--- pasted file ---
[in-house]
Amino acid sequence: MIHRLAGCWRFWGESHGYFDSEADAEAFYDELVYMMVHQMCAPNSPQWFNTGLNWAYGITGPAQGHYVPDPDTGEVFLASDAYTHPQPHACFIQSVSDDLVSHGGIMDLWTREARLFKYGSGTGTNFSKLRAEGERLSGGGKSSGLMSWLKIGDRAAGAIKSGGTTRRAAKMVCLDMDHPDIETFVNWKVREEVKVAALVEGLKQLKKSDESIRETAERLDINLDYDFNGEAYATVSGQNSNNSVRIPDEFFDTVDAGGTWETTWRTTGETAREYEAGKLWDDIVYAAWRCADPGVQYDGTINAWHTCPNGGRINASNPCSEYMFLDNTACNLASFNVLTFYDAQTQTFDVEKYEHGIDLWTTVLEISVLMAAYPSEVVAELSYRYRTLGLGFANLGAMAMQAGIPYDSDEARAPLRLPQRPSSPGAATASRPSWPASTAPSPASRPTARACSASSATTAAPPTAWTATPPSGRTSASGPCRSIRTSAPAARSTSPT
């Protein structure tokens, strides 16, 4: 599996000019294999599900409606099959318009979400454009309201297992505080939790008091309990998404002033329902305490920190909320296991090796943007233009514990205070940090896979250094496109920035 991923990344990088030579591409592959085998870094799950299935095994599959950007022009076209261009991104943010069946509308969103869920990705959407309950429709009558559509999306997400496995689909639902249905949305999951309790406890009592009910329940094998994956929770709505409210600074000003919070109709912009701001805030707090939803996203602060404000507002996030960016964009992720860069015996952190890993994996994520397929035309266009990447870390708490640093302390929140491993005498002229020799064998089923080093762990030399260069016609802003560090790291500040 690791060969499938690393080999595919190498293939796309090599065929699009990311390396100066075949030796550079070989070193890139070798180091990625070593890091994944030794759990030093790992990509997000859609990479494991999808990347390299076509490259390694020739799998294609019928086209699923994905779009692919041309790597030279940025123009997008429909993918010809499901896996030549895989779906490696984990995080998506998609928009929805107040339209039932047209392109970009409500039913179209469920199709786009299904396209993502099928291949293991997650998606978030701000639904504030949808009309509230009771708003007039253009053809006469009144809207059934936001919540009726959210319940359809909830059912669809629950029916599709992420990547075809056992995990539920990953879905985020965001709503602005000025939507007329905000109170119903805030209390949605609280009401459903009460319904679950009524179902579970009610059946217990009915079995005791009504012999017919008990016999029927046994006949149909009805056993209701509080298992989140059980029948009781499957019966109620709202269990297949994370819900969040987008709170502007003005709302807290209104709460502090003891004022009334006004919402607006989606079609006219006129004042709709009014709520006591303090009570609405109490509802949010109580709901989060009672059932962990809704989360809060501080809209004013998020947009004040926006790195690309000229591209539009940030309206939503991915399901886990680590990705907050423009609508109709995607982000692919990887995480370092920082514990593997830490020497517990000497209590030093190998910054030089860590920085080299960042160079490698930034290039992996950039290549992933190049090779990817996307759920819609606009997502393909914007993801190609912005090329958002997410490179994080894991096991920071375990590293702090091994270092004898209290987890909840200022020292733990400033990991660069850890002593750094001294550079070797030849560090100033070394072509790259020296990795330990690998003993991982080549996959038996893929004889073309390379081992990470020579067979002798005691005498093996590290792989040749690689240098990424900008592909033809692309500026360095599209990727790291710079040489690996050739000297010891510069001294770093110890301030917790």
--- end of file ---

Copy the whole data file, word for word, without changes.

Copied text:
[in-house]
Amino acid sequence: MIHRLAGCWRFWGESHGYFDSEADAEAFYDELVYMMVHQMCAPNSPQWFNTGLNWAYGITGPAQGHYVPDPDTGEVFLASDAYTHPQPHACFIQSVSDDLVSHGGIMDLWTREARLFKYGSGTGTNFSKLRAEGERLSGGGKSSGLMSWLKIGDRAAGAIKSGGTTRRAAKMVCLDMDHPDIETFVNWKVREEVKVAALVEGLKQLKKSDESIRETAERLDINLDYDFNGEAYATVSGQNSNNSVRIPDEFFDTVDAGGTWETTWRTTGETAREYEAGKLWDDIVYAAWRCADPGVQYDGTINAWHTCPNGGRINASNPCSEYMFLDNTACNLASFNVLTFYDAQTQTFDVEKYEHGIDLWTTVLEISVLMAAYPSEVVAELSYRYRTLGLGFANLGAMAMQAGIPYDSDEARAPLRLPQRPSSPGAATASRPSWPASTAPSPASRPTARACSASSATTAAPPTAWTATPPSGRTSASGPCRSIRTSAPAARSTSPT
């Protein structure tokens, strides 16, 4: 599996000019294999599900409606099959318009979400454009309201297992505080939790008091309990998404002033329902305490920190909320296991090796943007233009514990205070940090896979250094496109920035 991923990344990088030579591409592959085998870094799950299935095994599959950007022009076209261009991104943010069946509308969103869920990705959407309950429709009558559509999306997400496995689909639902249905949305999951309790406890009592009910329940094998994956929770709505409210600074000003919070109709912009701001805030707090939803996203602060404000507002996030960016964009992720860069015996952190890993994996994520397929035309266009990447870390708490640093302390929140491993005498002229020799064998089923080093762990030399260069016609802003560090790291500040 690791060969499938690393080999595919190498293939796309090599065929699009990311390396100066075949030796550079070989070193890139070798180091990625070593890091994944030794759990030093790992990509997000859609990479494991999808990347390299076509490259390694020739799998294609019928086209699923994905779009692919041309790597030279940025123009997008429909993918010809499901896996030549895989779906490696984990995080998506998609928009929805107040339209039932047209392109970009409500039913179209469920199709786009299904396209993502099928291949293991997650998606978030701000639904504030949808009309509230009771708003007039253009053809006469009144809207059934936001919540009726959210319940359809909830059912669809629950029916599709992420990547075809056992995990539920990953879905985020965001709503602005000025939507007329905000109170119903805030209390949605609280009401459903009460319904679950009524179902579970009610059946217990009915079995005791009504012999017919008990016999029927046994006949149909009805056993209701509080298992989140059980029948009781499957019966109620709202269990297949994370819900969040987008709170502007003005709302807290209104709460502090003891004022009334006004919402607006989606079609006219006129004042709709009014709520006591303090009570609405109490509802949010109580709901989060009672059932962990809704989360809060501080809209004013998020947009004040926006790195690309000229591209539009940030309206939503991915399901886990680590990705907050423009609508109709995607982000692919990887995480370092920082514990593997830490020497517990000497209590030093190998910054030089860590920085080299960042160079490698930034290039992996950039290549992933190049090779990817996307759920819609606009997502393909914007993801190609912005090329958002997410490179994080894991096991920071375990590293702090091994270092004898209290987890909840200022020292733990400033990991660069850890002593750094001294550079070797030849560090100033070394072509790259020296990795330990690998003993991982080549996959038996893929004889073309390379081992990470020579067979002798005691005498093996590290792989040749690689240098990424900008592909033809692309500026360095599209990727790291710079040489690996050739000297010891510069001294770093110890301030917790």